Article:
Last week’s mag featured our music predictions for 2012 (grab a back issue here if you missed it). This week on NME.COM we take an extended look at some of the topics that came up
Luke Lewis, Editor, NME.COM
We’ll see a big shakedown in the streaming market – Spotify will be the last man standing, expanding towards 100m users. Though whether it can flourish beyond 2012 depends on millions upgrading to a paid subscription, which I can’t see happening.
Companies such as The Echo Nest will continue to make cool, clever apps, but few of them will gain significant traction. Following Björk’s lead more artists will release albums as apps, but they’ll remain gimmicks, not mainstream.
Technology will enable bands to cut out third parties and market direct to fans. And live-streaming gigs via Facebook is going to become a bit of a goldrush.
Curated ‘emotion-based’ internet radio may well take off – Stereomood is particularly good, a potential challenger to Pandora’s crown.
MP3s will become less important. Spotify will be rolled into your monthly phone or broadband bill, which will bring the relevance of owning music into question for a younger generation.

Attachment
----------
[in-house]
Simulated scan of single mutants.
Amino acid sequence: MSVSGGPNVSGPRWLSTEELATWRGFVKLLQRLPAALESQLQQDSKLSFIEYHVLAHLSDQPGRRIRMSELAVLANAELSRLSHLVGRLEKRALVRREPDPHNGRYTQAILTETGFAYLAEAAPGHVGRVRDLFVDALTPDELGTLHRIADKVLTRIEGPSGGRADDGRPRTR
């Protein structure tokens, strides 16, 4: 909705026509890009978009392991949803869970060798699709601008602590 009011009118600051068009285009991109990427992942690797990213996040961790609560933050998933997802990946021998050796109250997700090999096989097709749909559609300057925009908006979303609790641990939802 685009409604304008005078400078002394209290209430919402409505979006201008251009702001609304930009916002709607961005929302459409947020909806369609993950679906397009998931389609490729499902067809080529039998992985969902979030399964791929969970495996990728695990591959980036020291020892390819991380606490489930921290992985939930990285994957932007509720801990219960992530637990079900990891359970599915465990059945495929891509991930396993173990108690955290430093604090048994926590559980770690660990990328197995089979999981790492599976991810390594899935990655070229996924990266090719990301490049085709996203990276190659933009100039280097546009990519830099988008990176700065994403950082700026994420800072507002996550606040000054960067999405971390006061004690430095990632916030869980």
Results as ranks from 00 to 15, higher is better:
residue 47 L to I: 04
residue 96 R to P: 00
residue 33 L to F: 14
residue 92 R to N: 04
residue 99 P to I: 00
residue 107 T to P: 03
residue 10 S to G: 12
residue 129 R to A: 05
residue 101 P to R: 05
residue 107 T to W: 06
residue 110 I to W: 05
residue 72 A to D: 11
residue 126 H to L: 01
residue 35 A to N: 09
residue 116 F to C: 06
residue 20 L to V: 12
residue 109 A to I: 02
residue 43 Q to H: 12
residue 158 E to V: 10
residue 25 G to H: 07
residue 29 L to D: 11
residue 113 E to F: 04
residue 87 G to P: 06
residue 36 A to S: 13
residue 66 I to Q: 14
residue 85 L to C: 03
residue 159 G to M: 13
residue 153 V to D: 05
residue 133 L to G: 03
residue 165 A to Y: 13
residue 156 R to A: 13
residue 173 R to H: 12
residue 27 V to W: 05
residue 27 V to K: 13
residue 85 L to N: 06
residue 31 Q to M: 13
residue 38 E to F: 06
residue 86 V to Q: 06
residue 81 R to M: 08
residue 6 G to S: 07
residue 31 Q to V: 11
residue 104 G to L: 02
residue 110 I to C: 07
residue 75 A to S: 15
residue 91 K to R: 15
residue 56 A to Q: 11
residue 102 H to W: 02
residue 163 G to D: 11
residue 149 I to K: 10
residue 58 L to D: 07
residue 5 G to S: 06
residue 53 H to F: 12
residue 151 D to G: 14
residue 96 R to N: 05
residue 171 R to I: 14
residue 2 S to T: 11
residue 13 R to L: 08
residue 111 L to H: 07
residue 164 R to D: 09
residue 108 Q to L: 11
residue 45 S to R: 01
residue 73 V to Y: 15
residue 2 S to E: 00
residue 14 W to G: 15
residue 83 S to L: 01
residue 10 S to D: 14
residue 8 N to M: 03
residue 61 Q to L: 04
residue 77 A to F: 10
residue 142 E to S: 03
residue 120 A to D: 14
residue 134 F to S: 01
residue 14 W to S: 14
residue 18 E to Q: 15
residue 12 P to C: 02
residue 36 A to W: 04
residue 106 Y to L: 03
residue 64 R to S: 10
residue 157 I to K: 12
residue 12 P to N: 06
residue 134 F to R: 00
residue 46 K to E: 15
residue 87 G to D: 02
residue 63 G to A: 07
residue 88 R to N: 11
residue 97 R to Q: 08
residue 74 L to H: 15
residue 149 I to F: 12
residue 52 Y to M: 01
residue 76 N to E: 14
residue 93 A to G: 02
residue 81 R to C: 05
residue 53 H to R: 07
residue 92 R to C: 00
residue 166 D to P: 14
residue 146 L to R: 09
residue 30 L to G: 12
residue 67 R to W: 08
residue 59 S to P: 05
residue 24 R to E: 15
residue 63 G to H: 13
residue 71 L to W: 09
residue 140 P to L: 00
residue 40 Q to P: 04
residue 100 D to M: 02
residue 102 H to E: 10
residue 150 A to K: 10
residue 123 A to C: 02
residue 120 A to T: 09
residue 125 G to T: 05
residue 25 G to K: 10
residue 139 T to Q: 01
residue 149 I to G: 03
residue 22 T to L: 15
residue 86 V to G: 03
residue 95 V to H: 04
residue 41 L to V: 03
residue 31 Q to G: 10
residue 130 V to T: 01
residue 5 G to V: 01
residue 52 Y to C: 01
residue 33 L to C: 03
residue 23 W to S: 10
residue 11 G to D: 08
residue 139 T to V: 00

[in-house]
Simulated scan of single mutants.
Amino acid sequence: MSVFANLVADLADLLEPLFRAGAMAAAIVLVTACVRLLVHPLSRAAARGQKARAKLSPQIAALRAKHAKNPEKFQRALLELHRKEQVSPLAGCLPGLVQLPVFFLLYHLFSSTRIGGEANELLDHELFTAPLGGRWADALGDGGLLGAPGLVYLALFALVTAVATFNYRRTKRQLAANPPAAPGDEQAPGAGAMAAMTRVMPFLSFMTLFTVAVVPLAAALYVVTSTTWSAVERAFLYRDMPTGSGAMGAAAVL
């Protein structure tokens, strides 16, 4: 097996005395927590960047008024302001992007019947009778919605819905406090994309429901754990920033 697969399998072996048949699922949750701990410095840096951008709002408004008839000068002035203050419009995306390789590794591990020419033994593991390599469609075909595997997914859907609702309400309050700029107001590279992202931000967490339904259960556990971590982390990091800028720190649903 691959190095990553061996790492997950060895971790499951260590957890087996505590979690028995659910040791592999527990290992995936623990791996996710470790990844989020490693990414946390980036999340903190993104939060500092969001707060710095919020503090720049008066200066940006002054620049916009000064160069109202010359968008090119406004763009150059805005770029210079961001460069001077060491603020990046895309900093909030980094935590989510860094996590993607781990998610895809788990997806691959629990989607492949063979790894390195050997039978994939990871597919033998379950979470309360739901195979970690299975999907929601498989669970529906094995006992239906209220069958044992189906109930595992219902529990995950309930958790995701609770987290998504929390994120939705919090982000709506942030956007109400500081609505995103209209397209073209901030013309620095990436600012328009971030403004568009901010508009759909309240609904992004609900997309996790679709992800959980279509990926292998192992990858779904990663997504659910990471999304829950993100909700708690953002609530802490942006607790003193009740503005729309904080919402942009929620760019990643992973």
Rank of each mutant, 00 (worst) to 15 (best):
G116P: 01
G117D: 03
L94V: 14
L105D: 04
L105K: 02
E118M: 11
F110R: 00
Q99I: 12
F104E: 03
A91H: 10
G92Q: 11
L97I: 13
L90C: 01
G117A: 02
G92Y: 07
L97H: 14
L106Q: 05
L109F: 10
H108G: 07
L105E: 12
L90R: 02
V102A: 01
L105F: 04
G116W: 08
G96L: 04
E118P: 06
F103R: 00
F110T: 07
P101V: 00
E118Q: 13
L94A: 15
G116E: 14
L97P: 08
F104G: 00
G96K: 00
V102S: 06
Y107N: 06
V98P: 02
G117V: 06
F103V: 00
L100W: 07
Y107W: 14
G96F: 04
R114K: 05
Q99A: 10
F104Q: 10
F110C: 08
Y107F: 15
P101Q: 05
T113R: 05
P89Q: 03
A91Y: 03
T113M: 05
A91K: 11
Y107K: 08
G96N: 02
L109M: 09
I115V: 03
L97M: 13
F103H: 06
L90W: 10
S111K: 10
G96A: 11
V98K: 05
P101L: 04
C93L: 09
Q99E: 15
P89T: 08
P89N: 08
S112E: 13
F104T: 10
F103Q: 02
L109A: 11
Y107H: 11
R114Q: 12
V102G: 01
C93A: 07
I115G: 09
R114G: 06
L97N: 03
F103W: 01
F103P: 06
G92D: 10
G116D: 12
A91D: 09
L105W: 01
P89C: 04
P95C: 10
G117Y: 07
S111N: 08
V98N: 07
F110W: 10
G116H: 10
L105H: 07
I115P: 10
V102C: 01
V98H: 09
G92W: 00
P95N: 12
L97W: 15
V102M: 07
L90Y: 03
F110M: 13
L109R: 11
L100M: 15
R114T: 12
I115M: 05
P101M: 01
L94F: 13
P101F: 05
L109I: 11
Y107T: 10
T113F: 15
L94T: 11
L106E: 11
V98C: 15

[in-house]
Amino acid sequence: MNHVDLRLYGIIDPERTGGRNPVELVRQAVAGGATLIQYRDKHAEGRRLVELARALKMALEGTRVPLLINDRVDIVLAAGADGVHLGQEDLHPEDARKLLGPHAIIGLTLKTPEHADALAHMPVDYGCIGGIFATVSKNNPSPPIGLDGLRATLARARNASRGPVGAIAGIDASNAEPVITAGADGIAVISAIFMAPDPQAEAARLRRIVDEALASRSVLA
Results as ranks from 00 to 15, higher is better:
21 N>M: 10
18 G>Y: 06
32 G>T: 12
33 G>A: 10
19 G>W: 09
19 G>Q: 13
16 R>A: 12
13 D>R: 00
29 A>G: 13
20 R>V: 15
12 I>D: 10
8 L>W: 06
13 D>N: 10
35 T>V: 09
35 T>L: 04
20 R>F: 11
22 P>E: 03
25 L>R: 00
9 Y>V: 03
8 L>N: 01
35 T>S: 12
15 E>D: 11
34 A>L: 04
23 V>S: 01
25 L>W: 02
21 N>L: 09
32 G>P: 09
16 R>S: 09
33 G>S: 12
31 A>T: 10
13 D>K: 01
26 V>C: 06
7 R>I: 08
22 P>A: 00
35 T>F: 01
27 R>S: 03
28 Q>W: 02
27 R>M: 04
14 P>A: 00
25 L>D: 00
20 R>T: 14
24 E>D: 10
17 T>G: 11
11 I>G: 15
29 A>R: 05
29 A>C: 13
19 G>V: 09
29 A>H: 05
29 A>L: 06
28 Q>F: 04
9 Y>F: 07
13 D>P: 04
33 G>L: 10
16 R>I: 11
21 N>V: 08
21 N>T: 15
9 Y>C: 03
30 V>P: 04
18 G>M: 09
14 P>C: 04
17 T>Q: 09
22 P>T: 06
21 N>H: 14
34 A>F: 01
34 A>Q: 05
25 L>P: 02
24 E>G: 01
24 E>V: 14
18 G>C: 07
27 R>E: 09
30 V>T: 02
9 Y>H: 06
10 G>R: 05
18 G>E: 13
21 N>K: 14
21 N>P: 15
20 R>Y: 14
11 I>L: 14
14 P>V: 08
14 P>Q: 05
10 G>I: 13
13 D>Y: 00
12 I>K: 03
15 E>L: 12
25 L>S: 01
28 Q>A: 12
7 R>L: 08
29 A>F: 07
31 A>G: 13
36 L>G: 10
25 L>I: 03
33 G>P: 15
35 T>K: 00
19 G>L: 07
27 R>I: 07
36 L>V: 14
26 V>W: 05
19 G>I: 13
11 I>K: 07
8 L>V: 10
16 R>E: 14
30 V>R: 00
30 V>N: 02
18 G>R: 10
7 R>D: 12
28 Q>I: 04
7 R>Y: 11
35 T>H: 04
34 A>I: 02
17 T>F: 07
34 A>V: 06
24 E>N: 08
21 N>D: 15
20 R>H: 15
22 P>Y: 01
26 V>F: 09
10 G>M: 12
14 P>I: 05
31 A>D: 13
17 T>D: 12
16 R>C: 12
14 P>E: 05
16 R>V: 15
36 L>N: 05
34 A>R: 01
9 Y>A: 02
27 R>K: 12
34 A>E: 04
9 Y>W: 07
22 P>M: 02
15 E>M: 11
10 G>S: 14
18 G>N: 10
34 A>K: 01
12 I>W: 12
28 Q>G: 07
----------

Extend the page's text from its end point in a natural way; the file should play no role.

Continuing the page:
Music and “the social” will go mainstream. By logging into sites like Spotify via Facebook, users are leaving digital breadcrumbs around the internet. These sites then use that information to improve their service in a way that’s useful for advertisers.
Open APIs (application programming interface) will be where the innovation happens. Having open APIs means that different software and applications can talk to each other. It’s software’s hip-hop moment, where programs get mashed together and something completely new comes out of it that wasn’t intended by either of the original independent companies.
The Stop Online Piracy Act in the US could have a huge effect globally, if passed. A piece of legislation that dates from 1998, the ‘safe harbor exemption’ within the Digital Millennium Copyright Acts, means that services currently cannot be held liable for the copyright infringements of their users, but if requested, have to take down illegally uploaded copyrighted material.
SOPA would abolish that – YouTube would have to scan everything that went up on its site, which would be impossible. If SOPA goes through, services we take for granted will become very different. And for genres like hip-hop, where sampling and mixtapes are essential for the growth of the genre, SOPA could squash all of them.
An edited version of this article appeared in the 31st December issue of NME magazine.